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Situated between Lafayette and New Orleans, Louisiana, Baton Rouge is well known for LSU athletics and politics, but until recently, not so much as a culinary destination.

In 2005 Hurricane Katrina sent communities packing and many in The Big Easy and surrounding areas uprooted permanently changing the gastronomic map of Baton Rouge’s capitol city.

Chefs, artisans, farmers and other like-minded entrepreneurs settled in and have now altered the culinary landscape by creating a rapidly evolving food and drink movement that is drawing international attention.

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I was invited by Visit Baton Rouge to sample foods on a gastronomic tour that began at Fete Rouge. This food and wine event sponsored by the Baton Rouge Epicurean Society since 2007, took place at the Crowne Plaza Hotel. Over 30 local restaurants participated with chefs preparing their top dishes to compete for best in show while proceeds collected were donated to charity and culinary scholarships. This year’s overall winning dish, and winner of the Seafood Category, was a Southern Seafood Bouillabaisse presented by the Chef Nelson Chang with the Crowne Plaza Hotel. The bouillabaisse was a twist on the traditional because it included a fresh, tender Louisiana frog leg in the bowl.

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With so many fine offerings to sample, it was difficult to decide on a personal trophy dish, but Chef Chris Wadsworth from Restaurant IPO made my night with his Smoked Shrimp and Chappapeela Farms Tasso Tacos. I savored seconds, and maybe even thirds. I also ran into my friend and editor of Louisiana Cookin’ Magazine that mentioned Chef Wadsworth was just named their 12th Annual Chefs to Watch feature, and will be honored at Café Reconcile in New Orleans along with five other innovative chefs from the Bayou State on October, 21, 2013. I could taste why.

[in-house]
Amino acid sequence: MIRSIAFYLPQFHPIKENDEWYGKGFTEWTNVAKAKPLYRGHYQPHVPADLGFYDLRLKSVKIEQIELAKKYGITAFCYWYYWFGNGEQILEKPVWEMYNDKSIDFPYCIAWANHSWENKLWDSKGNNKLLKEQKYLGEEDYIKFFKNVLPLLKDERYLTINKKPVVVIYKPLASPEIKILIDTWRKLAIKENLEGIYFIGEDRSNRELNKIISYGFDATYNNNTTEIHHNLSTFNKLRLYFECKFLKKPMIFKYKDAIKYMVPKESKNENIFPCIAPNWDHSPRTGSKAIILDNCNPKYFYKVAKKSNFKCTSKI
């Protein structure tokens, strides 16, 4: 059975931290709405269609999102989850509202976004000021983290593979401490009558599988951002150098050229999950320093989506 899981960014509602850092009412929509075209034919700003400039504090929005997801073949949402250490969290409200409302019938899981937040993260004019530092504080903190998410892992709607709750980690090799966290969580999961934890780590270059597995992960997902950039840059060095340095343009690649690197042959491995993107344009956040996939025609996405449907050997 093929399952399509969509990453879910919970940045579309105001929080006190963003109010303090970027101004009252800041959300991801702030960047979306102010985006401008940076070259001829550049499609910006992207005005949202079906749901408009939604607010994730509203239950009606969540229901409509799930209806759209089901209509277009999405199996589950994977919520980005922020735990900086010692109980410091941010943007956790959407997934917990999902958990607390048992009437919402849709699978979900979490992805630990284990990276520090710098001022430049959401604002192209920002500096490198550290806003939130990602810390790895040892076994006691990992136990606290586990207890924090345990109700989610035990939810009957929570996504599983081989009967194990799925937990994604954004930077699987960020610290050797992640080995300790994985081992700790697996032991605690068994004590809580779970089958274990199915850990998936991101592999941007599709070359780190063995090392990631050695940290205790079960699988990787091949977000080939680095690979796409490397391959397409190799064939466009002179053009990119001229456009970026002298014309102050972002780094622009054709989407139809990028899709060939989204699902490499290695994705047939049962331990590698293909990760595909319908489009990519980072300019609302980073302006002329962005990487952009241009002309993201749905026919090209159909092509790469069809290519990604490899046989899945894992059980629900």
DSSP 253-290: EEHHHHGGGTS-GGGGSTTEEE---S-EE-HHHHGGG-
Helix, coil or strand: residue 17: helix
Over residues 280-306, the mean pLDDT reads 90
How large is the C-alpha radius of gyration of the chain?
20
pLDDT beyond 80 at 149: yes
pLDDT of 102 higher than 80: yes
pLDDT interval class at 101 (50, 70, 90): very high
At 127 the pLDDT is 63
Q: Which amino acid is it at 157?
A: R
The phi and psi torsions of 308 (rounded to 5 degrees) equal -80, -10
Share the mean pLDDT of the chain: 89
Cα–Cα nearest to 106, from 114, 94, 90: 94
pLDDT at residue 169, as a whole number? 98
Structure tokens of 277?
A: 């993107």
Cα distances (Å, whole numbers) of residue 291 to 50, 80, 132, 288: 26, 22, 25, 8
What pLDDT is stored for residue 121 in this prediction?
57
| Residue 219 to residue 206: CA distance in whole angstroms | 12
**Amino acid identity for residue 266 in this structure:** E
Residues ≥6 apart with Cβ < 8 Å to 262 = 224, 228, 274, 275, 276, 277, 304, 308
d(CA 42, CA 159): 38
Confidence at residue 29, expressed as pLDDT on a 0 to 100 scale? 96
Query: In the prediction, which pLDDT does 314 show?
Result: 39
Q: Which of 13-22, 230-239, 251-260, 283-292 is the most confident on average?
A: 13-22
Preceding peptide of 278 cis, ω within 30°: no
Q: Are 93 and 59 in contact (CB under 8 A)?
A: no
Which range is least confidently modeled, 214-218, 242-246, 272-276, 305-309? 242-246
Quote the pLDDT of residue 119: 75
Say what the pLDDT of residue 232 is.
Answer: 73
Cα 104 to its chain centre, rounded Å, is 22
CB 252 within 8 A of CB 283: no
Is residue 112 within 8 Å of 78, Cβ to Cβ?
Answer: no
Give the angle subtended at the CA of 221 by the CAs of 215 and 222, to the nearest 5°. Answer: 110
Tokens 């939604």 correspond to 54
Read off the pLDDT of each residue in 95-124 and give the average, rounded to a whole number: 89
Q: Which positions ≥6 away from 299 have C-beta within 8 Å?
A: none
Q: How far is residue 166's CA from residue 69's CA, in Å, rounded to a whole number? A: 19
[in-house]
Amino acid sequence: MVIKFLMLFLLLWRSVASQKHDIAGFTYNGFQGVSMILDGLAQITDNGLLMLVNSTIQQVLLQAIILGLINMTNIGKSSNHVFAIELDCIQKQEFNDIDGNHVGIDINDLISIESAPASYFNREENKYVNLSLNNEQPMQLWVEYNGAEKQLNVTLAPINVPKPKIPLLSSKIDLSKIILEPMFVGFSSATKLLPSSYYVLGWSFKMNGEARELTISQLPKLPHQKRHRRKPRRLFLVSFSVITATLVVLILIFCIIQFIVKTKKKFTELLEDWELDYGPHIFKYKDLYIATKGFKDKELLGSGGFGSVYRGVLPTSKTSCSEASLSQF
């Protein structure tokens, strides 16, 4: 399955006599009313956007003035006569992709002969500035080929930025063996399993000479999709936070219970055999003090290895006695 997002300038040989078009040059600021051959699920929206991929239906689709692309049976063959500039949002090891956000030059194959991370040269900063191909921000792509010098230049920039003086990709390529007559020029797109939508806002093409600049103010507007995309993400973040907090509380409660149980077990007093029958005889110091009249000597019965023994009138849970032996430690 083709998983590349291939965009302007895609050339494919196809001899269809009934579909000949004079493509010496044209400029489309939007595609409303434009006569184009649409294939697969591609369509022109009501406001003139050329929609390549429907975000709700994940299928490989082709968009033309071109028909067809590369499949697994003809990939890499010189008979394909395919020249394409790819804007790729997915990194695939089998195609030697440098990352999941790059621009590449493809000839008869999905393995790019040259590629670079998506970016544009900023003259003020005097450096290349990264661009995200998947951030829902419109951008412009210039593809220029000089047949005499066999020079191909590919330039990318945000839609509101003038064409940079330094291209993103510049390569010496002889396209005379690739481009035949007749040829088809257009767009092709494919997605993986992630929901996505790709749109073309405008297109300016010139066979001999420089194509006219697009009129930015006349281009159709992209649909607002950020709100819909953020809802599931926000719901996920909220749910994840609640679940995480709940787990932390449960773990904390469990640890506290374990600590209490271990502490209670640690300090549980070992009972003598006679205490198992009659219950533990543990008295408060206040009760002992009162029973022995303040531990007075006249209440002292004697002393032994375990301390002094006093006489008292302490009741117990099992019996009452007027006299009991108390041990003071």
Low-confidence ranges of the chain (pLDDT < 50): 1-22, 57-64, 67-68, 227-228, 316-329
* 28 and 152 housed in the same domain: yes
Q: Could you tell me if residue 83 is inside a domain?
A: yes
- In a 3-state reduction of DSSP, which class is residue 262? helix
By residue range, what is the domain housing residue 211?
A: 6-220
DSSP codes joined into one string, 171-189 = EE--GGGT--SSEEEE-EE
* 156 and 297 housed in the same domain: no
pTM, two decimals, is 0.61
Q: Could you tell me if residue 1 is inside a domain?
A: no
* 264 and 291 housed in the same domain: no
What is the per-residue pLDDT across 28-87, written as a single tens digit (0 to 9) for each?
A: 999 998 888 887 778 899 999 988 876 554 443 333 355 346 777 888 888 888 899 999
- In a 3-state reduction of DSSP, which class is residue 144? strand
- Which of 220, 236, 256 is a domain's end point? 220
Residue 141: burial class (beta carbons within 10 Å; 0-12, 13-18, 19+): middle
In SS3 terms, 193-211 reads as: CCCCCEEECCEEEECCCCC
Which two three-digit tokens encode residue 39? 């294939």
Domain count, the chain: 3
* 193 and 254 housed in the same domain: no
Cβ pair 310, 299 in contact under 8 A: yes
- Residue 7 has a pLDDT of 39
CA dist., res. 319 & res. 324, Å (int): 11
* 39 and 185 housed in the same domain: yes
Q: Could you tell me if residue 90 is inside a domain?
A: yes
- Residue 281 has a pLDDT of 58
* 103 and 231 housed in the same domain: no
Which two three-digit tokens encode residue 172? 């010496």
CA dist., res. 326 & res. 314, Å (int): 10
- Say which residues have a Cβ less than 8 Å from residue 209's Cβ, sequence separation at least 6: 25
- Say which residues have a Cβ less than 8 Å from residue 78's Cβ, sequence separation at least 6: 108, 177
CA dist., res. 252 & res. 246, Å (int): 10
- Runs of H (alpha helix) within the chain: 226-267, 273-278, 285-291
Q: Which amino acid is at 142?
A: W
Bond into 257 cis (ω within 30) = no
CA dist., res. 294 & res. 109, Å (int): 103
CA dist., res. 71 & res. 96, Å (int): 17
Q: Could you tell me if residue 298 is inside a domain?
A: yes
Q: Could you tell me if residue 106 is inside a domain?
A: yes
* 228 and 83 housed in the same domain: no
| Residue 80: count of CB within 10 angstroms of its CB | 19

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We started the morning off early in a chauffeured ride by Riverside Limousines and headed for Tiger Town to Louie’s Café. Established in 1941, the 10-stool diner sat right outside the college gates of Death Valley until moving one street away to expand in 1986, and as an LSU student I had the privilege of eating at both locations before graduating. Offering 60 seats, a 24-hour menu, and at most times a long wait; Louie’s is a beloved institution serving an eclectic yet classic diner menu. Though the sandwiches, po-boys, burgers, shakes and chicken-fried steak had me drooling, it was the Seafood Louie that had me at hello. Packed with shrimp and crawfish, sautéed vegetables, Swiss cheese and topped with an herbed crème sauce, this is an omelet you won’t want to miss. If coveting the fresh made biscuits, get there early as they are only served 6 am to 11am.

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We walked off the morning’s bounty of goodness by visiting the Red Stick Farmers Market. As an advocate for buying local and getting to know your food producers, I was thrilled to see the incredible community support, and how well organized it was. Offering inside and outside space for shopping, a chef demonstration, and a plethora of produce, meats, cheeses and seafood to name a few, it was the fresh baked pies with the most beautiful crust that caught my eye. Francis Chauvin, aka “The Pie Lady,” is famous for her Blue Ribbon Pies.  Francis said, “It is the fresh seasonal ingredients that make my pies a success. I learned to bake pies from my grandmother.” Blueberry, Apple, Peach, Pumpkin and Cushaw (squash) are quite popular, but her Shoe Soles (crisp round pastries) had kids clamoring for more as they lined up for purchases during our conversation. I walked away with Francis’s most popular Pecan Pie, packed with pecans in a decadent filling, and honestly the best pie I have ever eaten.